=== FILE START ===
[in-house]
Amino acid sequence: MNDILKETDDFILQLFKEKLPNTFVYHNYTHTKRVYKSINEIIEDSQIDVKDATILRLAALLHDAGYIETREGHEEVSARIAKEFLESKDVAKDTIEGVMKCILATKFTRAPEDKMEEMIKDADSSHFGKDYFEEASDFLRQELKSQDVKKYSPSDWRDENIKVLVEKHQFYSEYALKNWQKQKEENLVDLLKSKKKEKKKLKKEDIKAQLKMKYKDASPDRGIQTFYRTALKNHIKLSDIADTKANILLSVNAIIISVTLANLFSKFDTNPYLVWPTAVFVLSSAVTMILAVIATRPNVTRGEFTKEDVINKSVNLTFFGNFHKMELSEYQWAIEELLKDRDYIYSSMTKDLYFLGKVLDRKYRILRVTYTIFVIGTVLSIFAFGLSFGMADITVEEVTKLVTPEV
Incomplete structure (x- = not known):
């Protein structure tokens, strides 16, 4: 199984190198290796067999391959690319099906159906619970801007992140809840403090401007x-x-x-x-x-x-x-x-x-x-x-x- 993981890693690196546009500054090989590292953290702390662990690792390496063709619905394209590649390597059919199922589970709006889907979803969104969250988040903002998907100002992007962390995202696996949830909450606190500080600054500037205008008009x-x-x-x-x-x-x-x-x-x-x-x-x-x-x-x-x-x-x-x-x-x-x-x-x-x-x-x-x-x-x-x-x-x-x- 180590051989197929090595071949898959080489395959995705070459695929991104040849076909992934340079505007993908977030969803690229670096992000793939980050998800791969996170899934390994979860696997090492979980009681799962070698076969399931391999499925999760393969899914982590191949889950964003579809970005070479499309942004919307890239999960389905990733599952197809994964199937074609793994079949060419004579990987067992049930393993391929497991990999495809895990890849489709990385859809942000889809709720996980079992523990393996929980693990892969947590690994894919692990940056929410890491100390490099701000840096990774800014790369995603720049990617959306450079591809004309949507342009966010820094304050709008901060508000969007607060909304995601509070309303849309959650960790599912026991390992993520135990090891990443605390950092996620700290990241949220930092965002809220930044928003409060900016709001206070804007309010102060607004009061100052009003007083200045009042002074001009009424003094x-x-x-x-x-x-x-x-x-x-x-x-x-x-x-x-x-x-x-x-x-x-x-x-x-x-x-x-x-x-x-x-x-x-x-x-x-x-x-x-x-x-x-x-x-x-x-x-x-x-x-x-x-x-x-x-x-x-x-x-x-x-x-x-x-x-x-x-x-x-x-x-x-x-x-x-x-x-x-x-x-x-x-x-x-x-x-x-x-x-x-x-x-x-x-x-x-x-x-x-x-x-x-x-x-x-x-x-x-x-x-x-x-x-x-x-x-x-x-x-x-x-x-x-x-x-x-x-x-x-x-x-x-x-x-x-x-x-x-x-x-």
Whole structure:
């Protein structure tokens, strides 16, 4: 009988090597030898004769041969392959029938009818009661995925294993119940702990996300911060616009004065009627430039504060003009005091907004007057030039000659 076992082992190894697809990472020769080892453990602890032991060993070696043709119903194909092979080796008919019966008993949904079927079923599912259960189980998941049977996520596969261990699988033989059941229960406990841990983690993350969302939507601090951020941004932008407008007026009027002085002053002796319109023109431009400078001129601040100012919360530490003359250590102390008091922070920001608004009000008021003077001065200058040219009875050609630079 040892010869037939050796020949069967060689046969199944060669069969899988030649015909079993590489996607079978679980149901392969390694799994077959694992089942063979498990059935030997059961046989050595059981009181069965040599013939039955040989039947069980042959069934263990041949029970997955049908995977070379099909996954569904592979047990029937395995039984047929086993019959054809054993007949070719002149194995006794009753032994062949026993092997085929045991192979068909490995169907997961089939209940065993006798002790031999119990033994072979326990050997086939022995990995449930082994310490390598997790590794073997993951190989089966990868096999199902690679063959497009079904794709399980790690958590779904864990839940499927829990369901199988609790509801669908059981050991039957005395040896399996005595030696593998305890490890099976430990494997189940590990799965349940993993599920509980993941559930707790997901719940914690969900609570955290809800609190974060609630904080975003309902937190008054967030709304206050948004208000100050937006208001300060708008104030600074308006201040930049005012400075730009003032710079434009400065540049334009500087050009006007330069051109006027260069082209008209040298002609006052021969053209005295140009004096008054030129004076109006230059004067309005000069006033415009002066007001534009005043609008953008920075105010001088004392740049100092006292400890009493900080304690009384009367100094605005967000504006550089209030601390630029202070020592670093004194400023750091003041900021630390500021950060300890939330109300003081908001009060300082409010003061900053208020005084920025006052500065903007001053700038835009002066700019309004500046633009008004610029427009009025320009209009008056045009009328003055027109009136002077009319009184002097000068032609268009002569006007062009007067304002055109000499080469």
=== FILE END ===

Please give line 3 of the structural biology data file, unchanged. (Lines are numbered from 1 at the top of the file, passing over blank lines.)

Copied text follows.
Incomplete structure (x- = not known):